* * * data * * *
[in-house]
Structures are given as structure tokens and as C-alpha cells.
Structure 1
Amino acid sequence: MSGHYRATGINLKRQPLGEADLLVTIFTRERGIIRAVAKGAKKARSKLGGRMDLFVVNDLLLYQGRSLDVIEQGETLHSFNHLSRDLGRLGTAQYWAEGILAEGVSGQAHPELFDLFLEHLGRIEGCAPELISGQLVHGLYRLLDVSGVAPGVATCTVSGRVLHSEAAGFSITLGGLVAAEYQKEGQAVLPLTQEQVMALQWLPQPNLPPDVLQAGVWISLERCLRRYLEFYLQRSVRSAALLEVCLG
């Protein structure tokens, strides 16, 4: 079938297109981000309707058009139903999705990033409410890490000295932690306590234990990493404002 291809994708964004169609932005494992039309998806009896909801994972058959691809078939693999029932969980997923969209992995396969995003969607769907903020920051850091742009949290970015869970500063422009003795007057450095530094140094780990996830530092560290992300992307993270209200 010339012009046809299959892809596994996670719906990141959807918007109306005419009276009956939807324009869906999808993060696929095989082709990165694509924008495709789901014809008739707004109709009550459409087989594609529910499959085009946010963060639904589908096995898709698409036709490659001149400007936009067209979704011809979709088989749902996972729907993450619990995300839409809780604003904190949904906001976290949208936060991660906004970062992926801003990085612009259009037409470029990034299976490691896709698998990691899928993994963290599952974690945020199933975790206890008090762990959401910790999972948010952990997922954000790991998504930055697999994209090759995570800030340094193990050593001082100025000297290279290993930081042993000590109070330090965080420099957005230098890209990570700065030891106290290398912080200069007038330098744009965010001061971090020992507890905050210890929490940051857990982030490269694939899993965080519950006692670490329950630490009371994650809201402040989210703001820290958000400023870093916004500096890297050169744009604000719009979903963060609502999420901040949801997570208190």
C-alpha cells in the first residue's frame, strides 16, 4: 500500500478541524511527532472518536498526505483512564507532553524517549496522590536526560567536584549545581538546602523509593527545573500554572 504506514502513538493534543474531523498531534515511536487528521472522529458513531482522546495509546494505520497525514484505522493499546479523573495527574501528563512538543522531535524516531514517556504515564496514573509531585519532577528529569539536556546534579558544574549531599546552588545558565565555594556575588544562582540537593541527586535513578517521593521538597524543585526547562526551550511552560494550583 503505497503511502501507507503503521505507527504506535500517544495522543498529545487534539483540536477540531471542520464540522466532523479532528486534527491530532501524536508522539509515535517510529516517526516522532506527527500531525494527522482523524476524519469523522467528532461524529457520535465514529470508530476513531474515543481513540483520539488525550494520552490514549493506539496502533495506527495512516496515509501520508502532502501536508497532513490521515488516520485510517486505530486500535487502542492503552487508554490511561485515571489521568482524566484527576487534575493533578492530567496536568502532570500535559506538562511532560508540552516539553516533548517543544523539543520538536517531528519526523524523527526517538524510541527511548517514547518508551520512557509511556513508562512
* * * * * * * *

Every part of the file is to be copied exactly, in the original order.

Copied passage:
[in-house]
Structures are given as structure tokens and as C-alpha cells.
Structure 1
Amino acid sequence: MSGHYRATGINLKRQPLGEADLLVTIFTRERGIIRAVAKGAKKARSKLGGRMDLFVVNDLLLYQGRSLDVIEQGETLHSFNHLSRDLGRLGTAQYWAEGILAEGVSGQAHPELFDLFLEHLGRIEGCAPELISGQLVHGLYRLLDVSGVAPGVATCTVSGRVLHSEAAGFSITLGGLVAAEYQKEGQAVLPLTQEQVMALQWLPQPNLPPDVLQAGVWISLERCLRRYLEFYLQRSVRSAALLEVCLG
């Protein structure tokens, strides 16, 4: 079938297109981000309707058009139903999705990033409410890490000295932690306590234990990493404002 291809994708964004169609932005494992039309998806009896909801994972058959691809078939693999029932969980997923969209992995396969995003969607769907903020920051850091742009949290970015869970500063422009003795007057450095530094140094780990996830530092560290992300992307993270209200 010339012009046809299959892809596994996670719906990141959807918007109306005419009276009956939807324009869906999808993060696929095989082709990165694509924008495709789901014809008739707004109709009550459409087989594609529910499959085009946010963060639904589908096995898709698409036709490659001149400007936009067209979704011809979709088989749902996972729907993450619990995300839409809780604003904190949904906001976290949208936060991660906004970062992926801003990085612009259009037409470029990034299976490691896709698998990691899928993994963290599952974690945020199933975790206890008090762990959401910790999972948010952990997922954000790991998504930055697999994209090759995570800030340094193990050593001082100025000297290279290993930081042993000590109070330090965080420099957005230098890209990570700065030891106290290398912080200069007038330098744009965010001061971090020992507890905050210890929490940051857990982030490269694939899993965080519950006692670490329950630490009371994650809201402040989210703001820290958000400023870093916004500096890297050169744009604000719009979903963060609502999420901040949801997570208190």
C-alpha cells in the first residue's frame, strides 16, 4: 500500500478541524511527532472518536498526505483512564507532553524517549496522590536526560567536584549545581538546602523509593527545573500554572 504506514502513538493534543474531523498531534515511536487528521472522529458513531482522546495509546494505520497525514484505522493499546479523573495527574501528563512538543522531535524516531514517556504515564496514573509531585519532577528529569539536556546534579558544574549531599546552588545558565565555594556575588544562582540537593541527586535513578517521593521538597524543585526547562526551550511552560494550583 503505497503511502501507507503503521505507527504506535500517544495522543498529545487534539483540536477540531471542520464540522466532523479532528486534527491530532501524536508522539509515535517510529516517526516522532506527527500531525494527522482523524476524519469523522467528532461524529457520535465514529470508530476513531474515543481513540483520539488525550494520552490514549493506539496502533495506527495512516496515509501520508502532502501536508497532513490521515488516520485510517486505530486500535487502542492503552487508554490511561485515571489521568482524566484527576487534575493533578492530567496536568502532570500535559506538562511532560508540552516539553516533548517543544523539543520538536517531528519526523524523527526517538524510541527511548517514547518508551520512557509511556513508562512